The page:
I could wrap this up in a short sentence but that would not explain the overall experience. That sentence would be a run-on too, both good and bad. So really, a sentence couldn't given an accurate picture. It also would not capture the range of emotions I felt during the race and after. I guess I'll start with the race experience itself... Keep in mind I've done one other half and it was huge (Run Disney is the best ever, I swear!).
The expo for GG was good - there were some things to try - gluten free protein bars, wine, and cherry juice - made into a smoothie (and oh my gosh... a cherry juice and banana smoothie was the stuff!). Family and friends could create signs. There were sales vendors there. And of course some vendors just advertising which was kinda boring (who like swag - at least give something free to listen to your speech). There were activities but we did not get there for those. The shopping was nice - there was a a selection of merchandise from the sponsoring sports store, as well as special race apparel. Sizes and selection was limited for some of the merchandise (unless you were there right away) because things were picked up quickly. As a shopper, a larger shopping selection would have been nice. So, the expo was pretty nice - in a space that could get really crowded but we waited to go so it wasn't too bad. Picking up our Bibs and shirts was very easy.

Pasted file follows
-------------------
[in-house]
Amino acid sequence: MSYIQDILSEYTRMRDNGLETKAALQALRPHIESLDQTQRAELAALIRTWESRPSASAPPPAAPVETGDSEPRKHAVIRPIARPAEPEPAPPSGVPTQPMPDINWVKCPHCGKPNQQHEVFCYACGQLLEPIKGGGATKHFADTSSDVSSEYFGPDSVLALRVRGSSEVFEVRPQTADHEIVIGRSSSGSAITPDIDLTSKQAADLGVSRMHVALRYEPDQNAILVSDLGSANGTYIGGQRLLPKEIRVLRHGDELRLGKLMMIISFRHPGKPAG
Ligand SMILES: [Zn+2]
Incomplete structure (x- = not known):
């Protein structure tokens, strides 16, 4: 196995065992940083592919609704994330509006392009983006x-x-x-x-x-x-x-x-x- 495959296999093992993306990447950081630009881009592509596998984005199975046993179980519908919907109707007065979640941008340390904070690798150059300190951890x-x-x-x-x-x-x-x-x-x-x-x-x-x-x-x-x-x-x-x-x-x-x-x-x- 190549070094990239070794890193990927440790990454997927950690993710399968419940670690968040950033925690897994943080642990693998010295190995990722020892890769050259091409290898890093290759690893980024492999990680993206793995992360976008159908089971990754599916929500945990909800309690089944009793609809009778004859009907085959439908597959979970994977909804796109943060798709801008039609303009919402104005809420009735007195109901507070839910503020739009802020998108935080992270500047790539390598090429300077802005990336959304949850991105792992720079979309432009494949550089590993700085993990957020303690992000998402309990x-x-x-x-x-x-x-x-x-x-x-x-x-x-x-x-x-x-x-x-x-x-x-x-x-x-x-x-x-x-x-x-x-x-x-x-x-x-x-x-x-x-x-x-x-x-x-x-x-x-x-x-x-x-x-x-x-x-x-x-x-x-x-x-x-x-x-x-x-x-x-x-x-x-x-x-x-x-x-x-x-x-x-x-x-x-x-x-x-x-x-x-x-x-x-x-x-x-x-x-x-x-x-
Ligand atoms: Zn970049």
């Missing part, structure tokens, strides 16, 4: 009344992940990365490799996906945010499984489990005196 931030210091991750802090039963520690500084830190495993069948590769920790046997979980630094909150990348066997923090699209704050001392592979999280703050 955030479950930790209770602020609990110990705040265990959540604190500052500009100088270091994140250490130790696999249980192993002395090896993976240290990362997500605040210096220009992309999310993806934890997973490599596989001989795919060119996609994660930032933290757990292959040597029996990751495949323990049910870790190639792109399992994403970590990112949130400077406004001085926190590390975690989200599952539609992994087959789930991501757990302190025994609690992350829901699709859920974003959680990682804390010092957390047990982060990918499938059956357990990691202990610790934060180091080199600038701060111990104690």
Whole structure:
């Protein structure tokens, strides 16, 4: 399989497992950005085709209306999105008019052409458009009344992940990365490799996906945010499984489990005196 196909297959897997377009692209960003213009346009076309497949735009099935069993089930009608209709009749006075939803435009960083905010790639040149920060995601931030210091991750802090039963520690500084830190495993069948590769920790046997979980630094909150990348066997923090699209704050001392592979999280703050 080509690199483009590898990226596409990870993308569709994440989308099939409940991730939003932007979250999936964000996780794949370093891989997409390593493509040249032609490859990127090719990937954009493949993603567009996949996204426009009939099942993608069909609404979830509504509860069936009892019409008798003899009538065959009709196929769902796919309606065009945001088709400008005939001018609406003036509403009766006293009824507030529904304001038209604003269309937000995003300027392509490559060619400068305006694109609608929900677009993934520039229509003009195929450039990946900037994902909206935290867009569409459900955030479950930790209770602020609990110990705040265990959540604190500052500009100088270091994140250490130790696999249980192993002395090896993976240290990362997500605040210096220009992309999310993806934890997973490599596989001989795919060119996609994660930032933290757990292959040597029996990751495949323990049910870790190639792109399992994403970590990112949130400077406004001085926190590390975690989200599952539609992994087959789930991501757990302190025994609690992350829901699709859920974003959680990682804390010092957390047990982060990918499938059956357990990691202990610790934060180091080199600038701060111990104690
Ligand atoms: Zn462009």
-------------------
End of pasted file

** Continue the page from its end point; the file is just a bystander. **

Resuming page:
Race day was pretty typical....I was up and ready early, with enough time to do some stretching and a little foam rolling, mix-up my pre-workout and eat a little something. I did however goof up and forgot to grab my cliff bar to eat on the way. So I had a banana and two scoops of C4 in my system pre-race...Not exactly a great idea. But I did my energy chews so thank goodness for that!
We arrived shortly before the race was to begin, which was perfect. There wasn't so much extra time that I could just sit around and think about how nervous I wanted was (which I felt on Saturday). Sunday I just kind of got up, got ready, and was like "okay I'm going for a run...a long run." The race started right on time and off we went. I started toward the back of the pack with the other slower runners, but ahead of the walkers and the sweeper lady. The morning was great - it wasn't too warm or too cold. I was chilled before but knew it would be perfect running weather for a tank top. Some people started with long sleeves and pants. I'm glad I decided to pick up a pair of capris the night before because I had packed some leggings/tights which would've made me hot....Hotter than I got later in the race which was roasting. Supe roasting. I'll get there.